Bluethumb Finalists in the 2019 Portia Geach Memorial Award
The finalists for the 2019 Portia Geach Memorial award have just been announced and we’re thrilled that 6 Bluethumb artists are among them. The $30,000 award is a highlight of the arts calendar, notable both for its prestige and for the platform it gives female artists. Honouring Australia’s best female portrait artists, the entries are “portraits painted from life of some man or woman distinguished in Art, Letters or the Sciences by any female artist resident in Australia during the twelve months preceding the closing date for entries”.
The annual prize began in 1961, founded by the will of Florence Kate Geach as a tribute to her sister Portia (1873 – 1959), a talented artist who struggled with male-domination in the arts. Portia Geach was an inspiring figure of the suffrage movement, and later became the president of the Federated Association of Australian Housewives. With such a namesake for the prize, it’s no wonder it attracts Australia’s top female artists. In fact, the prize is often referred to as the female Archibald!
This year we’re proud to have 6 artists named as finalists. We’d like to offer our congratulations to Kim Leutwyler, Loribelle Spirovski, Leigha White, Sally Robinson, Brenda Runnegar and Deborah Walker for their success in the 2019 Portia Geach. The finalists’ works will be on display at the S.H. Ervin Gallery in Sydney from August 2 – September 15, and the winner will be announced on opening night. Good luck to all the finalists!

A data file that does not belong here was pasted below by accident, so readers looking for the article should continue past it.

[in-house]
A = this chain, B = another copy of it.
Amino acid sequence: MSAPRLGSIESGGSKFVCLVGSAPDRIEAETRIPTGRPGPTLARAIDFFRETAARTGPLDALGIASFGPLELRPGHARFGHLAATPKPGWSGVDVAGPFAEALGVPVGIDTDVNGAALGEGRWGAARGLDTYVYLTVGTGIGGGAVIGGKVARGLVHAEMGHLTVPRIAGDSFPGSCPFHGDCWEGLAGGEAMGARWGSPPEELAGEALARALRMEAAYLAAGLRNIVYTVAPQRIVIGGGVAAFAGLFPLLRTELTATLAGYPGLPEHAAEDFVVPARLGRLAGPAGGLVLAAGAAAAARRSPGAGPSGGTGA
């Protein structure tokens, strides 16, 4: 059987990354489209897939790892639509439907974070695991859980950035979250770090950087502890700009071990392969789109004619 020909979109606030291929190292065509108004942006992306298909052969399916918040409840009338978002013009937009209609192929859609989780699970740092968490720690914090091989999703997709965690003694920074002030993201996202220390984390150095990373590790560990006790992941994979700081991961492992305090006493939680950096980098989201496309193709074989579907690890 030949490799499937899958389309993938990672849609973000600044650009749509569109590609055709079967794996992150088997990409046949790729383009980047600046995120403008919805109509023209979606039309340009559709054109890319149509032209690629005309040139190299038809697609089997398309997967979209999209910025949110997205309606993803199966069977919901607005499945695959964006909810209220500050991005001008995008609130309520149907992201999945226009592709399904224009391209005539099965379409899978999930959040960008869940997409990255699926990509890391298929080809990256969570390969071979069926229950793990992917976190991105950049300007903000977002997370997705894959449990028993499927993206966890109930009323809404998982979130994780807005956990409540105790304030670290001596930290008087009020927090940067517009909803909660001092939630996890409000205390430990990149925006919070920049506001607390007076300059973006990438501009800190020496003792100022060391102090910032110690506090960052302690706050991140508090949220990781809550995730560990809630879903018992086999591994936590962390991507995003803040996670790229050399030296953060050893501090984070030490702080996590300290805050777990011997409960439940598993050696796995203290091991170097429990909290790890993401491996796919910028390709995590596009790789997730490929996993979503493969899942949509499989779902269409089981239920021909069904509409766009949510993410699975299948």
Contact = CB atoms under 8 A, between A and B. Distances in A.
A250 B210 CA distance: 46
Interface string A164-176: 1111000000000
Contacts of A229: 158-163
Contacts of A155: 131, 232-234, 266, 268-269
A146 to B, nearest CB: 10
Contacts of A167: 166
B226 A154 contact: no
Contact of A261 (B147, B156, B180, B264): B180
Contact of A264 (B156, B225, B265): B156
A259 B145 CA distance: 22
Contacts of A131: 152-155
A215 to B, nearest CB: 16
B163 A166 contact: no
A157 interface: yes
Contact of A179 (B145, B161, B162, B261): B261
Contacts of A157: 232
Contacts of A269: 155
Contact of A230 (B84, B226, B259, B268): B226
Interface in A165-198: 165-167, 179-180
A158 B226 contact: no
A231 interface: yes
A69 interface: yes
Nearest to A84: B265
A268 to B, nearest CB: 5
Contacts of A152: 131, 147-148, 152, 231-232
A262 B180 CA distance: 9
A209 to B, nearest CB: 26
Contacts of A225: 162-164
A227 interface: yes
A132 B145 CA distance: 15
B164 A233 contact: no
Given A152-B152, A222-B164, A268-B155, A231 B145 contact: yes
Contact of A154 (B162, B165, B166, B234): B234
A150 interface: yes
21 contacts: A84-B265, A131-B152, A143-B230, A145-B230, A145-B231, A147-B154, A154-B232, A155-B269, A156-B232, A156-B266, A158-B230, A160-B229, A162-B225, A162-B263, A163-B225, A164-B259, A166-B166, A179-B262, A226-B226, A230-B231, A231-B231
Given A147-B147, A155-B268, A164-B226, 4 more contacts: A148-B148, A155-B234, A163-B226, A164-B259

Below, get to know the 6 artists in the 2019 Portia Geach.
For the 4th time, Kim is thrilled to be a finalist in this notable award. The Sydney-based artist is known for her bright portraits of LGBTQIA-identified and allied people, and when she saw Trixie Mattel was coming to Sydney, she jumped at the chance for a sitting. “I remember seeing Trixie and Katya’s insane YouTube web series ‘UNHhhh’ for the first time…I thought I was having an acid flashback,” Leutwyler explains. “The combination of the queens’ crazy humor and the meme-worthy editing had me rolling on the ground with laughter. I became instantly enamored of Trixie, drawn to her unique brand, cheerful cynicism and her seemingly random ability to play the autoharp. I interpret her Barbie-inspired look as a critique on consumerism coupled with every stereotype of hyper-femininity that society employs to objectify and glorify women,” Leutwyler continues. Trixie Mattel is the stage name of Brian Michael Firkus, the winner of RuPaul’s Drag Race All Stars season 3.
Kim began work on the portrait in March of this year, and the piece took around 1 month to complete. “Our initial sitting for the portrait took place backstage at the Enmore Theatre in Sydney, just before Trixie’s performance of ‘Skinny Legend’, her one-woman music and comedy show. I’ve had the pleasure of painting many notable people and am not one to get starstruck, but Trixie quite literally took my breath away. Standing nearly 7ft tall in her heels and wig, she has a quick wit, a gorgeous Native American jawline and hair for days,” says Leutwyler.
The portrait draws on Trixie’s favourite colours, a combination of Barbie-inspired pinks and bright yellows. After 4 weeks of work, the completed painting is a bold testament to the larger than life character – and is itself, almost as large as life, coming in at 1.5 metres.